Place-based tourism: a growth industry in rural PA
Place-based tourism: a growth industry in rural PA
Last month we held a workshop for county commissioners from the Pennsylvania Wilds before our big annual awards dinner. Speakers from state and federal agencies that serve the region’s rural communities highlighted their funding programs.
I was asked to do a 15-minute overview of the PA Wilds effort to kick things off. It’s not easy summing up 13 years of work by dozens of partners in a few minutes, so I focused on the special role of counties and then on results – what did statistics say about tourism growth in each county?
I do a lot of grant writing for the PA Wilds effort so I know first-hand that county involvement is a key way we demonstrate local-buy in. Another way is through private-sector involvement; for instance, that we have 170 small businesses and nonprofits participating in the Wilds Cooperative of PA program, dozens more tying into the brand, and larger corporations contributing to the cause.
Why does local buy-in matter? Because major funders – state and federal governments, national foundations, corporate partners – want to invest in a place that invests in itself. They want to see the big regional strategies, but equally as important, they want to know we’ve got skin in the game.
County involvement helps demonstrate this. Back when the PA Wilds effort first began, the region’s 12 counties signed a ground-breaking Intergovernmental Cooperative Agreement (try saying that five times fast), the largest geographically of its kind in PA. This created the PA Wilds Planning Team, to this day a core piece of the PA Wilds organizational structure. A few years later, county commissioners across the region helped shepherd the PA Wilds work from the Democratic administration it was officially born under into the incoming Republican administration when they passed a resolution at CCAP conference about its importance.
County planners make up the core of the Planning Team; they are joined by dozens of organizations from across the Pennsylvania Wilds with a stake in nature and heritage tourism development. The group meets every other month to guide and shape the landscape work. It is the force behind the PA Wilds Champion Awards; the PA Wilds Design Guide for Community Character Stewardship and its related mini grant programs; and current efforts to launch a regional façade grant program for small business, to name a few of its projects.
Each county also has the opportunity to contribute to the PA Wilds work through its Destination Marketing Organizations – visitor bureaus – which help lead and implement regional marketing strategies, another pillar of the landscape work. So what do the statistics say about all this time and energy so many of us have invested in growing our region’s nature and heritage tourism industry? Visitors spend an estimated $1.7 billion annually in the Pennsylvania Wilds, according to the latest statistics, released last week from the state tourism office.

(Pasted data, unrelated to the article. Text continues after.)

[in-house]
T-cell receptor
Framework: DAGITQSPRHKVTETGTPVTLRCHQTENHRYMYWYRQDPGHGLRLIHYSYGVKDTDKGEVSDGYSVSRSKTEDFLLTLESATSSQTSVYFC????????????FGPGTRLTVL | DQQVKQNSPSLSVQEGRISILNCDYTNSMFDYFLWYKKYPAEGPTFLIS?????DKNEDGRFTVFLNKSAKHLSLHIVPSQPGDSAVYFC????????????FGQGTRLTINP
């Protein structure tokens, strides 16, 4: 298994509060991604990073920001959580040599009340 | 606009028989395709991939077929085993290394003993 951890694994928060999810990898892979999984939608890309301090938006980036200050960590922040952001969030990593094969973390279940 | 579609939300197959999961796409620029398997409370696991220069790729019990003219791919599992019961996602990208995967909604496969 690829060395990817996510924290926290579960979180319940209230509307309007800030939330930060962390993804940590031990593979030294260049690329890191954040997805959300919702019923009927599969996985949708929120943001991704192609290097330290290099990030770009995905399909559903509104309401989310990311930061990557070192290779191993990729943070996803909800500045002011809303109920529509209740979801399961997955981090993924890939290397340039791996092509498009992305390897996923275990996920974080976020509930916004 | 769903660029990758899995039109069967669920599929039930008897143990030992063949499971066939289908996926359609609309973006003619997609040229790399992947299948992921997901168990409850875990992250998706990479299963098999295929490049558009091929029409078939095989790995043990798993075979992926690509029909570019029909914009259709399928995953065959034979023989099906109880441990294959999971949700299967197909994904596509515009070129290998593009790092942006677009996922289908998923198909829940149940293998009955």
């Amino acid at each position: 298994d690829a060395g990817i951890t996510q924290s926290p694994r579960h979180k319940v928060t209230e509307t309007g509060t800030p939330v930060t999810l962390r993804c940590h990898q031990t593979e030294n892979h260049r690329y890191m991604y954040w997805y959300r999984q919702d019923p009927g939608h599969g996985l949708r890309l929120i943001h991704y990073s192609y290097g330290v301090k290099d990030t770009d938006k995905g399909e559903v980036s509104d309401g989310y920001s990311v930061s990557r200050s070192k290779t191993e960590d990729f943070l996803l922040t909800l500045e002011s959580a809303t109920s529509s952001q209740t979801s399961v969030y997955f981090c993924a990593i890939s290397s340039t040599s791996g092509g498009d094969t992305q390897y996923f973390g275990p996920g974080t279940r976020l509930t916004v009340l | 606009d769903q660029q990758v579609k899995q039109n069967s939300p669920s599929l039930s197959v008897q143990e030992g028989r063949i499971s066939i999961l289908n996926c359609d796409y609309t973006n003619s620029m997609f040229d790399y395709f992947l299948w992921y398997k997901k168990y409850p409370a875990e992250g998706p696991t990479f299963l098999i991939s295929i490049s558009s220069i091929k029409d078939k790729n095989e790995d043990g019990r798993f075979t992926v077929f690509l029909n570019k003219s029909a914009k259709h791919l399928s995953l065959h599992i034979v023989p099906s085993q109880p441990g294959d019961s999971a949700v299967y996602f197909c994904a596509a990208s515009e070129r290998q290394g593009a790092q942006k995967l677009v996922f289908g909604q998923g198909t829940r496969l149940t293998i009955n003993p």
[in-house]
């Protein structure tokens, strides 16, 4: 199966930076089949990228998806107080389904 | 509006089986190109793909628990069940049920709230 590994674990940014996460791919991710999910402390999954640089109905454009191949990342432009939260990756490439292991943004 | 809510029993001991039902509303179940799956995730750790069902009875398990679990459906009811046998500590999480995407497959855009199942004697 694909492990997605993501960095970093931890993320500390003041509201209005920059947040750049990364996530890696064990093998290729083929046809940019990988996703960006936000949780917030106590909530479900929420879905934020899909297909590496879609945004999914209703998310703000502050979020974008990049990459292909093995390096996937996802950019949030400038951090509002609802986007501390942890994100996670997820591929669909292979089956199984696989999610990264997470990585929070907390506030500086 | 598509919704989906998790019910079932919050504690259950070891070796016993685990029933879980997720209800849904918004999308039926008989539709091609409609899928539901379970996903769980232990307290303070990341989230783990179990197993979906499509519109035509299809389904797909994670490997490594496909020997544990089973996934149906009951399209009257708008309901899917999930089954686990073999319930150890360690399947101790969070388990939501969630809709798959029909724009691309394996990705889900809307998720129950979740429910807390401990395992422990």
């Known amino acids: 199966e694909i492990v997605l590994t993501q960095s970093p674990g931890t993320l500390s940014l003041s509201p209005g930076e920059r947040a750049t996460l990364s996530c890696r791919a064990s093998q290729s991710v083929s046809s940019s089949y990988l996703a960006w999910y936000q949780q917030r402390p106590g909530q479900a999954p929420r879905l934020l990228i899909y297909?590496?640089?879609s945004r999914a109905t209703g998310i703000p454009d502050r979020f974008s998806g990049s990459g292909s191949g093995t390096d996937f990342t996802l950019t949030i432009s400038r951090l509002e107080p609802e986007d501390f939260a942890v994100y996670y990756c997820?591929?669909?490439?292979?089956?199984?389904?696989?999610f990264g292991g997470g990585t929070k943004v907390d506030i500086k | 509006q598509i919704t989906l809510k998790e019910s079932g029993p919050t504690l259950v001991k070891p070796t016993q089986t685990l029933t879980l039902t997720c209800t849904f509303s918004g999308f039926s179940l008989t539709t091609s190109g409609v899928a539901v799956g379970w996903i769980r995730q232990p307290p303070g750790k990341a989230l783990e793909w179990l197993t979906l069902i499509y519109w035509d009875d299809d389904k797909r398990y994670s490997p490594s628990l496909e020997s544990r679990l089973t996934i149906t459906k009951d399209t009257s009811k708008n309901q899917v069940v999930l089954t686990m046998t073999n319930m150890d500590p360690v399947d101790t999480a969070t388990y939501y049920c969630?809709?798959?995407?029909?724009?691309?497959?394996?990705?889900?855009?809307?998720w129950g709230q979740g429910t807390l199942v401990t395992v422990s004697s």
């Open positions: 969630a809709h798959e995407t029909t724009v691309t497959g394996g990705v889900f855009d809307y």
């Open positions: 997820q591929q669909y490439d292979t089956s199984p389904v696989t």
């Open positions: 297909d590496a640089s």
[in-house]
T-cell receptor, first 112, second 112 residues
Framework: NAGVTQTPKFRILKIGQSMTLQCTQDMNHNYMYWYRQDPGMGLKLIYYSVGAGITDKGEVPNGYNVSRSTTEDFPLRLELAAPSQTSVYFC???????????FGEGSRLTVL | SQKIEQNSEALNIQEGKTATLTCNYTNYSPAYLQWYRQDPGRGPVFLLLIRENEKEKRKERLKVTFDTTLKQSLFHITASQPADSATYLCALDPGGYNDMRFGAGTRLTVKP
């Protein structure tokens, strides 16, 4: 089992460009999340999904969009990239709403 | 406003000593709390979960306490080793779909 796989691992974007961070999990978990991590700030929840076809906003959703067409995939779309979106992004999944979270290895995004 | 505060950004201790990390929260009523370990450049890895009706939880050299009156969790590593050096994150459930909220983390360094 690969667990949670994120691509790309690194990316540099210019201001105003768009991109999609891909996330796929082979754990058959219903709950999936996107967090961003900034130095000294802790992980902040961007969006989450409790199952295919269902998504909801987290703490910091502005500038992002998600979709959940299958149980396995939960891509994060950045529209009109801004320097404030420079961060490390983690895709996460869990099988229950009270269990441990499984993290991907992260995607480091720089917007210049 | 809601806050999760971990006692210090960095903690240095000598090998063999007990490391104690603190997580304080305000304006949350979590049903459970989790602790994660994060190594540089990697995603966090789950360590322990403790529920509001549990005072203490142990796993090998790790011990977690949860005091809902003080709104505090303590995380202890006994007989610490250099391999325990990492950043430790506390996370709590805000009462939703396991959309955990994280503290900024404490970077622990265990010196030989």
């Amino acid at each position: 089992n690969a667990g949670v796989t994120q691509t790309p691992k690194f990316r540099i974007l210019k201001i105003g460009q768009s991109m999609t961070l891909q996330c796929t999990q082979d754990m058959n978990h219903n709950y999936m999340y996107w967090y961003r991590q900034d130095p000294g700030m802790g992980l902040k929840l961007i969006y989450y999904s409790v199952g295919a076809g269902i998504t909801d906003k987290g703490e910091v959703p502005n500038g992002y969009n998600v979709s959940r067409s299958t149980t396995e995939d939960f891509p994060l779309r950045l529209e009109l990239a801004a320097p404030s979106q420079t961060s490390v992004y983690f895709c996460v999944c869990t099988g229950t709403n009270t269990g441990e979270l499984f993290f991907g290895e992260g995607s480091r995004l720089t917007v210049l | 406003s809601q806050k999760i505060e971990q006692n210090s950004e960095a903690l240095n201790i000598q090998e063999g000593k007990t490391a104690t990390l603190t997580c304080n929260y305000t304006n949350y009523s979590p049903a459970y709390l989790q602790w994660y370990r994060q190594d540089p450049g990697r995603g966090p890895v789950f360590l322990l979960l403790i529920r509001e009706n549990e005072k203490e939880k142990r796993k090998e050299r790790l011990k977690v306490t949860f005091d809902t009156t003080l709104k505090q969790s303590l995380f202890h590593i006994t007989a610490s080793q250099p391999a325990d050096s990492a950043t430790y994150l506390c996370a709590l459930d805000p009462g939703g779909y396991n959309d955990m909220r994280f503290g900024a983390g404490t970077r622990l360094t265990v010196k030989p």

Tourism is notoriously hard to track, and the statistics, in my mind, are always flawed. These, for example, can’t break out what travel happened because of Marcellus Shale versus someone who came here to hunt or cycle or paddle the West Branch or the Wild & Scenic Clarion or Allegheny Rivers.
Undoubtedly they miss other connections, too; for example, manufacturers or producers who have strong and growing ties to tourism but whose employment data get counted in other industries. Things are a lot more connected, the lines more blurred, today than they used to be, but economic data is still collected in silos.
So it is what it is. The Tourism Economics reports, released annually by the state tourism office, are still some of the best stats we have. I’ve been following them since 2009, the year after I started with the PA Wilds. And over that time, what they’ve shown is growth – in every county of the Pennsylvania Wilds, across every category – visitor spending, employment, income from employment, taxes in state and local coffers. For any single year a particular county’s numbers may go up or down, but overall the trend is up – in some cases, way up.
Tourism can’t solve all of rural PA’s economic challenges, but it is a growing part of our rural economy. And place-based tourism development, like we’re doing in the Pennsylvania Wilds, has the added bonus of improving quality of life for the people who live here. That may sound cliché, but if you live in a rural place you know how hard it can be for new products and services to take root. When an outfitter starts offering kayaking and backpacking trips, or a restaurant brewpub opens in town, or a volunteer group helps build a world-class mountain-biking course, or the state opens a premier conservation education facility – these are amenities and experiences (all real examples, by the way) that rural residents can and do enjoy as much as any visitor. And they make a big difference to families who live here. Not to mention help our region’s manufacturers and other larger employers attract and retain the talent they need to continue to grow their companies.
Now if we can just find a way to measure and track all that.